Here, John represents how two institutions, medical and marriage, are linked in keeping the narrator from being what she wants to be and limiting her ability to express and lead her own life. She is enthusiastic about her limited pursuits and does not want for anything else. The story was published during a dramatic paradigm shift in not only the United States, but the world as a whole in the form of World War II. Walter Mitty is an ineffective man in a world that is calling for the strength of great men to preserve their ways of life. For Walter, though, there is nothing to preserve. Mitty is a poor driver in his reality, but in his dreams, he is an exceptional and daring pilot, and he gains the respect of the other men around him, while in his waking life, he is nagged around by his wife and ridiculed by other men.

Thurber could be making a statement here trying to reach out to men who may stay on the home front, either because they do not want to fight or they are too old and weak to do so, that they are no less of a man as those who are those daring pilots in the war. Walter may not actually be a great man, but he views himself as one nonetheless thanks to his fantasies. In his dreams, Walter is a strong hero reflecting what he wants to be as a man. He is commanding, cool, and charismatic, while in reality he is absolutely none of these qualities. As he makes his dreams so heavy on masculinity, it appears that his dreams undermine femininity. This is to compensate for any femininity that Mitty himself may possess, as he appears weak and indecisive in his day to day life by allowing his wife to have control, and this serves as an example of how Mitty wants to be a masculine figure who is able to garner the attention of an attractive mate.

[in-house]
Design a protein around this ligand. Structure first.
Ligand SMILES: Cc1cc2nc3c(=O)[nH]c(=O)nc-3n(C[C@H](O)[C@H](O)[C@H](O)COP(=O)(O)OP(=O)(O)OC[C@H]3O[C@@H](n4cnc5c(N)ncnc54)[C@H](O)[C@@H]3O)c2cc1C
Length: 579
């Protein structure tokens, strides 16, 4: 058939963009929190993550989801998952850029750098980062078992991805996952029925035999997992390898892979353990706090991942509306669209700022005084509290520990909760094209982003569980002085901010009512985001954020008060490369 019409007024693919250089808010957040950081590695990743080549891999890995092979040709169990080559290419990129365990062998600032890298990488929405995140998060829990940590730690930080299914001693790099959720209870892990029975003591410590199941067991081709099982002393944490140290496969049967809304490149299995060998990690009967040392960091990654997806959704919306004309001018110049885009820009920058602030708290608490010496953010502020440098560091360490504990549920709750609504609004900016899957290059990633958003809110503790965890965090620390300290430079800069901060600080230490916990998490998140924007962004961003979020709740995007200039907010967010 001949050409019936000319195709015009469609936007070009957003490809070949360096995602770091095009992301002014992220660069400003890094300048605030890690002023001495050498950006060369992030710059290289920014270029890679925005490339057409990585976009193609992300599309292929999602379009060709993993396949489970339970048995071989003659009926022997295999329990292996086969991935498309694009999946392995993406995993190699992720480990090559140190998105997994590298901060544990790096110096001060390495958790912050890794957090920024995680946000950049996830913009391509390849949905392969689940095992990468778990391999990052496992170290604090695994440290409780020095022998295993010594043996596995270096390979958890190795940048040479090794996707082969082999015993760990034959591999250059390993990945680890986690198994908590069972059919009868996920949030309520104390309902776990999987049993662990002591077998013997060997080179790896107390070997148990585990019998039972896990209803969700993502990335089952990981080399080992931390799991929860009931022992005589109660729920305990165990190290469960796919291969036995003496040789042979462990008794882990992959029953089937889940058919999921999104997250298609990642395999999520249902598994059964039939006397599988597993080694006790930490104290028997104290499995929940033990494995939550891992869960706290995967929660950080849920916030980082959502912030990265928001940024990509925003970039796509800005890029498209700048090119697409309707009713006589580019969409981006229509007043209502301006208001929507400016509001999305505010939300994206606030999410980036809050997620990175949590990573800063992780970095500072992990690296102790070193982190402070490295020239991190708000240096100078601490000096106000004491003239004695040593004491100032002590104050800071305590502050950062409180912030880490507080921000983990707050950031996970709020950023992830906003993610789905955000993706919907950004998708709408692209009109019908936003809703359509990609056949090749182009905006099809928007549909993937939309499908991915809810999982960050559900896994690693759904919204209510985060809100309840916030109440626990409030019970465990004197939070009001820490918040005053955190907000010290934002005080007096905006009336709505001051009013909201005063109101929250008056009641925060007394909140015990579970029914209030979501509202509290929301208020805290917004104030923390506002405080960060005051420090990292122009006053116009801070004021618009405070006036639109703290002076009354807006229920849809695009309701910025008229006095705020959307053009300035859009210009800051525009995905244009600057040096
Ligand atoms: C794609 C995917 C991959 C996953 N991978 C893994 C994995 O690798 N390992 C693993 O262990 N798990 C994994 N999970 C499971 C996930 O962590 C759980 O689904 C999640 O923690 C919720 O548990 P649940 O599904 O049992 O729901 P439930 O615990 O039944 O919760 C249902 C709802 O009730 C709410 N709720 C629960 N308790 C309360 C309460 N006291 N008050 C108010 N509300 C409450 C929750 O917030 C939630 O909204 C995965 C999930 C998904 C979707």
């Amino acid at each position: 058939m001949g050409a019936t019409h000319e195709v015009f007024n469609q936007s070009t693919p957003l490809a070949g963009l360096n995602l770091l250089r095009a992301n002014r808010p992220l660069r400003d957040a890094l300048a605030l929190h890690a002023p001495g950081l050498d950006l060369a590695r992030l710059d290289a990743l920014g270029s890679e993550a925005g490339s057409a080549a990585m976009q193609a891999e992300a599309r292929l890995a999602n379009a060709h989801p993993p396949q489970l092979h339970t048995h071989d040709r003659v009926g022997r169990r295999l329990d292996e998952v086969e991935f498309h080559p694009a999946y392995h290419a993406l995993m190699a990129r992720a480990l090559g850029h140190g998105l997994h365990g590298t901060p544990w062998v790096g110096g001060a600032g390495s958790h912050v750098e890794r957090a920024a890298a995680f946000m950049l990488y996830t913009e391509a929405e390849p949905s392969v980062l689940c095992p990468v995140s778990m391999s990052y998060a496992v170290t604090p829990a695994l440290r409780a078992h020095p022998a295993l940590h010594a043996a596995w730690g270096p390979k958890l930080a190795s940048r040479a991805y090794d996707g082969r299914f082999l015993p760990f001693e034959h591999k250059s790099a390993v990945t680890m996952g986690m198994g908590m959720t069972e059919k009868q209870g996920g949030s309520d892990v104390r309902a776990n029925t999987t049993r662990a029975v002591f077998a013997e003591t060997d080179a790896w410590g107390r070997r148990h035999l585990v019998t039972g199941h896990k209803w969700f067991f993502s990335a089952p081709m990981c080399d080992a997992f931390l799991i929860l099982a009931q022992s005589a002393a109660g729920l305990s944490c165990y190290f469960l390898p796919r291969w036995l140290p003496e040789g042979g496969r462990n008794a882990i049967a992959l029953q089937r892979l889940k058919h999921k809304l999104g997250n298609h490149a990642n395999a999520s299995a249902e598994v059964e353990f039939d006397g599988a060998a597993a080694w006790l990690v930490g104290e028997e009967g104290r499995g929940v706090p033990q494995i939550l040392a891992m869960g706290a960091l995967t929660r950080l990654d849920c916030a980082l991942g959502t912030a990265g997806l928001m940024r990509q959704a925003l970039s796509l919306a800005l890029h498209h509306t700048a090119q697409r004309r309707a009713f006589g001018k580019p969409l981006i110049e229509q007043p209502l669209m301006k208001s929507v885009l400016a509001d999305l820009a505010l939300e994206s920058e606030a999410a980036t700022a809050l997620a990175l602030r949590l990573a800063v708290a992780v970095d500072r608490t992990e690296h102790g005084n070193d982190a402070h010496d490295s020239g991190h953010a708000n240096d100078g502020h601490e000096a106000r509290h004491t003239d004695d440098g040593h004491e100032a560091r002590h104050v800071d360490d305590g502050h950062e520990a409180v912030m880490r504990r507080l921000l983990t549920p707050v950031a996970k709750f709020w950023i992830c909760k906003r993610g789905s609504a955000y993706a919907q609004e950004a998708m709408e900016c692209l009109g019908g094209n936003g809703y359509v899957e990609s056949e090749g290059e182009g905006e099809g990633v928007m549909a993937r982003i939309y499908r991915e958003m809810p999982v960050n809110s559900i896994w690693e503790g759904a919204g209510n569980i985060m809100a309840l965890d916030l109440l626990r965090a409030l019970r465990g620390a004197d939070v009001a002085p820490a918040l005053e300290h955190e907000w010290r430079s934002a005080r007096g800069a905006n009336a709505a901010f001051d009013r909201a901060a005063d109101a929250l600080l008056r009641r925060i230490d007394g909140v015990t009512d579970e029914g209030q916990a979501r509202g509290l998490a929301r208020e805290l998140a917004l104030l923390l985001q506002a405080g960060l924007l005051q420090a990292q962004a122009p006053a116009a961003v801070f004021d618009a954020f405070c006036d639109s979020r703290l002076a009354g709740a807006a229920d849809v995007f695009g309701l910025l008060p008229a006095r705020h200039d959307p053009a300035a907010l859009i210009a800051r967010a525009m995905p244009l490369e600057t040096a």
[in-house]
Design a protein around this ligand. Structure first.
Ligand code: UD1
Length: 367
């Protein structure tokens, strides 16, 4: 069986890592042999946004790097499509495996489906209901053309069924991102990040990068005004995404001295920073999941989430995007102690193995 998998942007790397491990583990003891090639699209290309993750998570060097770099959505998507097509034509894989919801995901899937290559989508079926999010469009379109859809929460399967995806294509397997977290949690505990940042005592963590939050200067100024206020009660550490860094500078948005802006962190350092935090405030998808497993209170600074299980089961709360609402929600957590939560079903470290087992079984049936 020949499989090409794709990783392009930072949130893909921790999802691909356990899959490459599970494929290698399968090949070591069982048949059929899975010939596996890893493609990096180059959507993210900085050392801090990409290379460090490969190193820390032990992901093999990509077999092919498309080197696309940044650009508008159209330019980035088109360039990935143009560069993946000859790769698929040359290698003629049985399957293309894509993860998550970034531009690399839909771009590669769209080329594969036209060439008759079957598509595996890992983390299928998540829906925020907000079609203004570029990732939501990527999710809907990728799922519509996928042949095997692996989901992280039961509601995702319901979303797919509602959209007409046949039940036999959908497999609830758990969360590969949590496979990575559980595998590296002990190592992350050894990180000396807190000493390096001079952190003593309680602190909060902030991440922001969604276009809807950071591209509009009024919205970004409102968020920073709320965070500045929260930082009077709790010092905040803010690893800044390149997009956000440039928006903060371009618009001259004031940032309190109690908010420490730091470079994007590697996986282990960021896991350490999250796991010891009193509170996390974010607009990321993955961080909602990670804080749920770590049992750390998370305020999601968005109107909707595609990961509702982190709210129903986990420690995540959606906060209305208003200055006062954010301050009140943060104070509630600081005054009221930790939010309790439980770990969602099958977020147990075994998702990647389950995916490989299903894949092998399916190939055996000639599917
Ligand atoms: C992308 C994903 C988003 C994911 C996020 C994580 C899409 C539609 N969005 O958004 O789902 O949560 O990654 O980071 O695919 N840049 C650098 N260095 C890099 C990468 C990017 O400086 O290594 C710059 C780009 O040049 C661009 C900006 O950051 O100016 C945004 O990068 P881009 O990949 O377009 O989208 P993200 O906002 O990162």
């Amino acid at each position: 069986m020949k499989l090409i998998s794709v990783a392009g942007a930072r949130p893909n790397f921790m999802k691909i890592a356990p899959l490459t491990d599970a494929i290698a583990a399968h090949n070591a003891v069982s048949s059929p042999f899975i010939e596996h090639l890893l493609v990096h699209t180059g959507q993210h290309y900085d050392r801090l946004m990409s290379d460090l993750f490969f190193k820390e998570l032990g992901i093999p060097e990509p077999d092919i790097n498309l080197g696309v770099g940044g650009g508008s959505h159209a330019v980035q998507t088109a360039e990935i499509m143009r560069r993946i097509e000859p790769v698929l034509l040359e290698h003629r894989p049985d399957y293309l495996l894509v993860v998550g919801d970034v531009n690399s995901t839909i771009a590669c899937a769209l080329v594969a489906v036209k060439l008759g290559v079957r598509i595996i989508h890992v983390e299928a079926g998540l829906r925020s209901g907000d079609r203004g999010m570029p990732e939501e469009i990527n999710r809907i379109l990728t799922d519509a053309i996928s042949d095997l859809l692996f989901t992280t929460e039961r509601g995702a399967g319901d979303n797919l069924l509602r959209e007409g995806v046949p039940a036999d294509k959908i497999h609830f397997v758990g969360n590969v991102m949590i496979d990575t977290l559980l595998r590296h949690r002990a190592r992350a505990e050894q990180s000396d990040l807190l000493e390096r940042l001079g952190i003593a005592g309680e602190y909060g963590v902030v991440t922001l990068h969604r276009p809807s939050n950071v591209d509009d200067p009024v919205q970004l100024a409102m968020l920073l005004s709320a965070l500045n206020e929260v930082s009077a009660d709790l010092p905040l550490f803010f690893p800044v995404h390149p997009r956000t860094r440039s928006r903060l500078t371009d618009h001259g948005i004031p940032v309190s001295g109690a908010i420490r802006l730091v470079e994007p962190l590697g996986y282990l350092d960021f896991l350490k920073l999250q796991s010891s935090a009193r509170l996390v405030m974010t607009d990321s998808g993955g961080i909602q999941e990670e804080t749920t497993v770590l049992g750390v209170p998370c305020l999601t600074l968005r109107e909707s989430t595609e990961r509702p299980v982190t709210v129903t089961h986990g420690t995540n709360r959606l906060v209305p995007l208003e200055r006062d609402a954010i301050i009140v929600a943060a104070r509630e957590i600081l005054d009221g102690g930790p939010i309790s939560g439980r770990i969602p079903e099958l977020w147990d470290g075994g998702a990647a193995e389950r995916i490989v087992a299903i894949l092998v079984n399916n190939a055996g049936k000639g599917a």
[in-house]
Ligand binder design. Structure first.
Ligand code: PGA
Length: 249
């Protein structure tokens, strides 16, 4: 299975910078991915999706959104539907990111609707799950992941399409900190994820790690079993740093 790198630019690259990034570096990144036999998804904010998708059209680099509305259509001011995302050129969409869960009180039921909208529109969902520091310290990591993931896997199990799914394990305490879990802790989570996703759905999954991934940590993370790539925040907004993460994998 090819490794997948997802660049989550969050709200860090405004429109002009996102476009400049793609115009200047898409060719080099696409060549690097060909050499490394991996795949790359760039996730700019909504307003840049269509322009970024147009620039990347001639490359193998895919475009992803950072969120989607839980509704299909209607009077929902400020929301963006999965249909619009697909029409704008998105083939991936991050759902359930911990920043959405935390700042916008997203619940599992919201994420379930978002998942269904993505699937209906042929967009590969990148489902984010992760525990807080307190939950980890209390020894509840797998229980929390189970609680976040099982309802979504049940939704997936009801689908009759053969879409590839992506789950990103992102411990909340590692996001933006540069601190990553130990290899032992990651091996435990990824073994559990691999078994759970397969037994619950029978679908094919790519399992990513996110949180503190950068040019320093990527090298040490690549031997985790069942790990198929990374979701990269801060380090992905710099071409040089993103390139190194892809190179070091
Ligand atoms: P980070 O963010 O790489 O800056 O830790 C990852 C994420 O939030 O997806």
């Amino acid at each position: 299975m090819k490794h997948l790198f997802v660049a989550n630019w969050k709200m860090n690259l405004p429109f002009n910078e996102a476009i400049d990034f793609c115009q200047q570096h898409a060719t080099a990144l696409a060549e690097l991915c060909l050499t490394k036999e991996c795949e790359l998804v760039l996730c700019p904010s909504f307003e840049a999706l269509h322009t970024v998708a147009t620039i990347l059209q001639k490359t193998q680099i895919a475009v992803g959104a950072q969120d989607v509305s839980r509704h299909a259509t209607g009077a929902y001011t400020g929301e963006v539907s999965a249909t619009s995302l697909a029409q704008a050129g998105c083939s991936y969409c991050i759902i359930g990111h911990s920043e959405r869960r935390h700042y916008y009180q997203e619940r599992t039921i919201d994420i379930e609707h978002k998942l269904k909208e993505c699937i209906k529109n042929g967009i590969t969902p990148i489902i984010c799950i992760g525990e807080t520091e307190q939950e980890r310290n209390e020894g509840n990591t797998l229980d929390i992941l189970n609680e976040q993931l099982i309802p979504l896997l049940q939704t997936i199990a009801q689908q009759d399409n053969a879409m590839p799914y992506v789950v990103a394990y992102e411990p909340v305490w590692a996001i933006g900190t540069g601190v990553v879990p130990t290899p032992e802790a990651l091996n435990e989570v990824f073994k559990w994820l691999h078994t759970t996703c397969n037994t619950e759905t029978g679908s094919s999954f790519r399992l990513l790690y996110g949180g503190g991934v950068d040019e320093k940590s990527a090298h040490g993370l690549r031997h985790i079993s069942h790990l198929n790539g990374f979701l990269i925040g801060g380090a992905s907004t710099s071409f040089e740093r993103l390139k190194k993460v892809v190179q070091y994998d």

His final fantasy is a stark contrast from the rest. While the others are about him being put in daring and heroic situations, his final dream is of him about to be executed by a firing squad. Walter rejects the handkerchief, offering to die as he wanted to live, like a man. He engages in his fantasies to escape the pain he feels in his waking life, and now he is deciding he does not need them anymore. His final dream in the story being shot down by a firing squad, therefore, can be interpreted as Walter Mitty killing off his dream self, choosing to live only in his reality without the comforts of the handkerchief.

While there is no epilogue or proper closure, his brief but still poignant rebellion at his wife when he insists that he is a thinking person coupled with this forsaking of the handkerchief and dream death allows one to imagine a reborn Walter, a combination of his pragmatic real self and his idealized dream self. The two stories largely owe their success to how their respective authors develop their protagonists as symbols of ideal American life through how their ventures into their own respective psyches illustrate how they view themselves. Their common denominators for illustrating this is by illustrating how they escape from their mundane reality and authoritarian marriage into fantasy. The ground for contrast in these stories is how they interpret being a good American and how their protagonists respond to that idea.

Gilman, Charlotte Perkins January The New England Magazine. Gilman, Charlotte Perkins. In both texts, Thurber and Ellison present the protagonists in undesirable positions within society of which they seek to alter. Walter Mitty challenges his unambitious role as an oppressed husband by indulging in fantasies in which he assumes a heroic identity. Unfortunately, amidst reality and a lack of true control, both characters fail to achieve their goals of obtaining greater social value and status. Both Thurber and Ellison portray the American identity as having a lack of autonomy. She seemed grossly unfamiliar, like a strange woman who had yelled at him in a crowd.